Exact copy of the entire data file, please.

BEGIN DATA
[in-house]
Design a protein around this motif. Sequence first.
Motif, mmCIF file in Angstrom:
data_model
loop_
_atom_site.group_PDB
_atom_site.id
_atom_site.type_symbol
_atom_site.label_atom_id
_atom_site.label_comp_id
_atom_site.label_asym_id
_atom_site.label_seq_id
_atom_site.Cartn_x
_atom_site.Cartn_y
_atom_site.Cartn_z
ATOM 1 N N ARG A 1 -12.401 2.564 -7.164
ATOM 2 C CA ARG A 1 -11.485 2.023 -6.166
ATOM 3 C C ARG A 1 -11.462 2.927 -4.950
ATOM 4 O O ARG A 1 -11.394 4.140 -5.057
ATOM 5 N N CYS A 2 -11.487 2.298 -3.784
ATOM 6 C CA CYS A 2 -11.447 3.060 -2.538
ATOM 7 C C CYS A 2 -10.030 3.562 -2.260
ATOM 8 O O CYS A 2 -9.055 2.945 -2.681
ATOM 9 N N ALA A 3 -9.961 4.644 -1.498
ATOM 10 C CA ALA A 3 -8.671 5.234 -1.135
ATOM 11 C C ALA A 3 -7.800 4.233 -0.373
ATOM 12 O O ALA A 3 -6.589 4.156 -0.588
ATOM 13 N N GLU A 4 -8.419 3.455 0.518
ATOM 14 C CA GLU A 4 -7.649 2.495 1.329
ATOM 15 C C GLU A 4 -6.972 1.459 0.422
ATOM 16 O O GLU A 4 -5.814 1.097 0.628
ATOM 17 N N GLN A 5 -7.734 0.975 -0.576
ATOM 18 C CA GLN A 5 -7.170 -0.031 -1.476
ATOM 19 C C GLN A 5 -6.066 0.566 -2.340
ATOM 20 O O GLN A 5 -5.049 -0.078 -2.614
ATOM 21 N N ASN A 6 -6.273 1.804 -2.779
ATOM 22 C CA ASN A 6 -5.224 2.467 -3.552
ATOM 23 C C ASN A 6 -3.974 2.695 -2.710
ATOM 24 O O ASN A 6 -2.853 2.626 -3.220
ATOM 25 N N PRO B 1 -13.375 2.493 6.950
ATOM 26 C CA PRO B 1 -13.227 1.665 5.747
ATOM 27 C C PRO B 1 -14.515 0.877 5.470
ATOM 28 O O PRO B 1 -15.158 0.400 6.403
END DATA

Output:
[in-house]
Design a protein around this motif. Sequence first.
Motif, mmCIF file in Angstrom:
data_model
loop_
_atom_site.group_PDB
_atom_site.id
_atom_site.type_symbol
_atom_site.label_atom_id
_atom_site.label_comp_id
_atom_site.label_asym_id
_atom_site.label_seq_id
_atom_site.Cartn_x
_atom_site.Cartn_y
_atom_site.Cartn_z
ATOM 1 N N ARG A 1 -12.401 2.564 -7.164
ATOM 2 C CA ARG A 1 -11.485 2.023 -6.166
ATOM 3 C C ARG A 1 -11.462 2.927 -4.950
ATOM 4 O O ARG A 1 -11.394 4.140 -5.057
ATOM 5 N N CYS A 2 -11.487 2.298 -3.784
ATOM 6 C CA CYS A 2 -11.447 3.060 -2.538
ATOM 7 C C CYS A 2 -10.030 3.562 -2.260
ATOM 8 O O CYS A 2 -9.055 2.945 -2.681
ATOM 9 N N ALA A 3 -9.961 4.644 -1.498
ATOM 10 C CA ALA A 3 -8.671 5.234 -1.135
ATOM 11 C C ALA A 3 -7.800 4.233 -0.373
ATOM 12 O O ALA A 3 -6.589 4.156 -0.588
ATOM 13 N N GLU A 4 -8.419 3.455 0.518
ATOM 14 C CA GLU A 4 -7.649 2.495 1.329
ATOM 15 C C GLU A 4 -6.972 1.459 0.422
ATOM 16 O O GLU A 4 -5.814 1.097 0.628
ATOM 17 N N GLN A 5 -7.734 0.975 -0.576
ATOM 18 C CA GLN A 5 -7.170 -0.031 -1.476
ATOM 19 C C GLN A 5 -6.066 0.566 -2.340
ATOM 20 O O GLN A 5 -5.049 -0.078 -2.614
ATOM 21 N N ASN A 6 -6.273 1.804 -2.779
ATOM 22 C CA ASN A 6 -5.224 2.467 -3.552
ATOM 23 C C ASN A 6 -3.974 2.695 -2.710
ATOM 24 O O ASN A 6 -2.853 2.626 -3.220
ATOM 25 N N PRO B 1 -13.375 2.493 6.950
ATOM 26 C CA PRO B 1 -13.227 1.665 5.747
ATOM 27 C C PRO B 1 -14.515 0.877 5.470
ATOM 28 O O PRO B 1 -15.158 0.400 6.403